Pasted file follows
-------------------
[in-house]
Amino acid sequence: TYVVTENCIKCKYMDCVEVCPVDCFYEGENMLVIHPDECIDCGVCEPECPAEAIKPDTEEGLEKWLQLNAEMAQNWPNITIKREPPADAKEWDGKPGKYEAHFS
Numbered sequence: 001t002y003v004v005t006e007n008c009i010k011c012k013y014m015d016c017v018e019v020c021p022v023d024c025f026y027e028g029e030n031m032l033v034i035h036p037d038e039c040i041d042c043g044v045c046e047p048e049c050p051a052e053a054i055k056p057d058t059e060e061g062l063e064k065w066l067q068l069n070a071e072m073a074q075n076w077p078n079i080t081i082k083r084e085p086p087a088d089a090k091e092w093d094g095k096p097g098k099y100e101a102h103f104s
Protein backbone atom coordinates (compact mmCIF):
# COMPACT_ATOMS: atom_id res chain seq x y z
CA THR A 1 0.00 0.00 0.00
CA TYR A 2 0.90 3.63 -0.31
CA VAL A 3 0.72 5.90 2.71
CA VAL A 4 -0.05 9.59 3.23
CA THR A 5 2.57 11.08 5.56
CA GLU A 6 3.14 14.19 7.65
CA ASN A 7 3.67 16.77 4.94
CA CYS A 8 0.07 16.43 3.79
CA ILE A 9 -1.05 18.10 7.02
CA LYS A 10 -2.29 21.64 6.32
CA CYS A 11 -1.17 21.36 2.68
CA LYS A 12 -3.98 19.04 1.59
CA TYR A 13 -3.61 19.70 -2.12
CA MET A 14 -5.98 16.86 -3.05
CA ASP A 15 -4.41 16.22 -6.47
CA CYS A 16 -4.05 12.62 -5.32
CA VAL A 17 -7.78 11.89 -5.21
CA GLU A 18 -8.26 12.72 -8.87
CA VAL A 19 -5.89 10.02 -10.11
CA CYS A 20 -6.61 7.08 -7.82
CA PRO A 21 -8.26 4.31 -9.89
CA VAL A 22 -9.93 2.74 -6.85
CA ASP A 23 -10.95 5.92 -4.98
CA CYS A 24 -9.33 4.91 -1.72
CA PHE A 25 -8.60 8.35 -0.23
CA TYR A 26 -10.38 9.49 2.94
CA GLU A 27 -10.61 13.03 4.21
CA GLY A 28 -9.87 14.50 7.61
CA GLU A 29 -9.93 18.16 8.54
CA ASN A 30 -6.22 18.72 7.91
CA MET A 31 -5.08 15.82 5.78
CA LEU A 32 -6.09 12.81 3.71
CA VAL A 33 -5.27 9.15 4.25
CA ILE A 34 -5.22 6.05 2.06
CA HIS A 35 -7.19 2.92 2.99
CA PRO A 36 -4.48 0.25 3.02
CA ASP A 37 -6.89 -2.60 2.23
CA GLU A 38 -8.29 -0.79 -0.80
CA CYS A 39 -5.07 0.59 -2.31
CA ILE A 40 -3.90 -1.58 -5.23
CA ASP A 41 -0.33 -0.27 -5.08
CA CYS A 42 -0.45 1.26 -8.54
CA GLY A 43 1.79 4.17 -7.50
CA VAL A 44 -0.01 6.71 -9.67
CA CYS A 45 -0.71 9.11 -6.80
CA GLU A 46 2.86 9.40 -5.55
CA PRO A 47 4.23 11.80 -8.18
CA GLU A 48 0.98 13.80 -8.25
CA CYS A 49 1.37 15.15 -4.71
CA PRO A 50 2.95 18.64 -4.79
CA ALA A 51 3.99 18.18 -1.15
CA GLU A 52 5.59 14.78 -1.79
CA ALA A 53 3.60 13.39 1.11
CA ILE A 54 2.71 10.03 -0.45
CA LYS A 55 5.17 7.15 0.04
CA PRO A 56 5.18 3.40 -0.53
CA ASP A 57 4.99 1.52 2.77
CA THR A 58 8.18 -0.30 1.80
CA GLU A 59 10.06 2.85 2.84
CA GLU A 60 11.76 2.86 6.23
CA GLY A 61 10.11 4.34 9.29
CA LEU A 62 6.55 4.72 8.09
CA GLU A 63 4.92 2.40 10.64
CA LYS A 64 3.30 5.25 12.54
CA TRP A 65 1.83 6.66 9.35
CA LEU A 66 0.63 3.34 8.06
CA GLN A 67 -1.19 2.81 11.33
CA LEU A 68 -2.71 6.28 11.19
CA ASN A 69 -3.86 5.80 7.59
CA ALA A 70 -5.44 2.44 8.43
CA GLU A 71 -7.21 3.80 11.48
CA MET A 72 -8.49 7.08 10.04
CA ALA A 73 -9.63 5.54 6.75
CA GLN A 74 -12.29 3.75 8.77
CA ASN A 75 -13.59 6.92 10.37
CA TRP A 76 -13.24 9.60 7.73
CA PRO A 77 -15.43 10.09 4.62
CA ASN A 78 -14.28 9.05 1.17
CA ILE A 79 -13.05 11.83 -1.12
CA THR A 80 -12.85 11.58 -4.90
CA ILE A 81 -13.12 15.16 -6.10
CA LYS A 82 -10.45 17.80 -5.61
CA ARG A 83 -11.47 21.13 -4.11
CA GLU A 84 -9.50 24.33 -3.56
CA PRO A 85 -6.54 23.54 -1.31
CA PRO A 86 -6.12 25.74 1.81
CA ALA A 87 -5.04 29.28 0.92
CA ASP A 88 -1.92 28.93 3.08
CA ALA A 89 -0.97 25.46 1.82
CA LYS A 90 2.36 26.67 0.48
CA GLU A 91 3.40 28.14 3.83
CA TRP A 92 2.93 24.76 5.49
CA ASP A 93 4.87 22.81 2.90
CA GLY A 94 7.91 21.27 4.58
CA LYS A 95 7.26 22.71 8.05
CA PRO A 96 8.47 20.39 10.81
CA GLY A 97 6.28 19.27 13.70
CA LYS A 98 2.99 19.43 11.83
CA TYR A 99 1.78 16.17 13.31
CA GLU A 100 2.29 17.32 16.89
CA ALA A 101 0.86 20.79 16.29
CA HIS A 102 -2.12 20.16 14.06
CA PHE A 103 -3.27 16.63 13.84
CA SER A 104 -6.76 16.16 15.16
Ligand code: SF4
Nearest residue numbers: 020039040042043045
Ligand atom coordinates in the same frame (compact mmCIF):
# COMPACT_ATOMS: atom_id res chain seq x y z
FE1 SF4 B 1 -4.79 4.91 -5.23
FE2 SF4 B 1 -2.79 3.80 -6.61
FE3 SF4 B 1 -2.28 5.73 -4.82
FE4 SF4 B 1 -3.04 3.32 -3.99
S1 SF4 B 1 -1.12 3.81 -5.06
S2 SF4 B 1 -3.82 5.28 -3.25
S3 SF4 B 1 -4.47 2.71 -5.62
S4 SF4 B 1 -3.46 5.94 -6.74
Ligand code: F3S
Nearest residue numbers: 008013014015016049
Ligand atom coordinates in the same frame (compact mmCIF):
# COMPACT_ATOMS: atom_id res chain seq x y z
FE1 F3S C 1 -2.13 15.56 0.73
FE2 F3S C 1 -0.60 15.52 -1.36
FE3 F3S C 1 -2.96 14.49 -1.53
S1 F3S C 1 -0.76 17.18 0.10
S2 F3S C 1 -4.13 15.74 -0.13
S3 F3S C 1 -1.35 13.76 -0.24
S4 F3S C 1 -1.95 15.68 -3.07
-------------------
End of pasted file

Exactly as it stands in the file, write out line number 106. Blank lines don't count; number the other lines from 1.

CA ALA A 101 0.86 20.79 16.29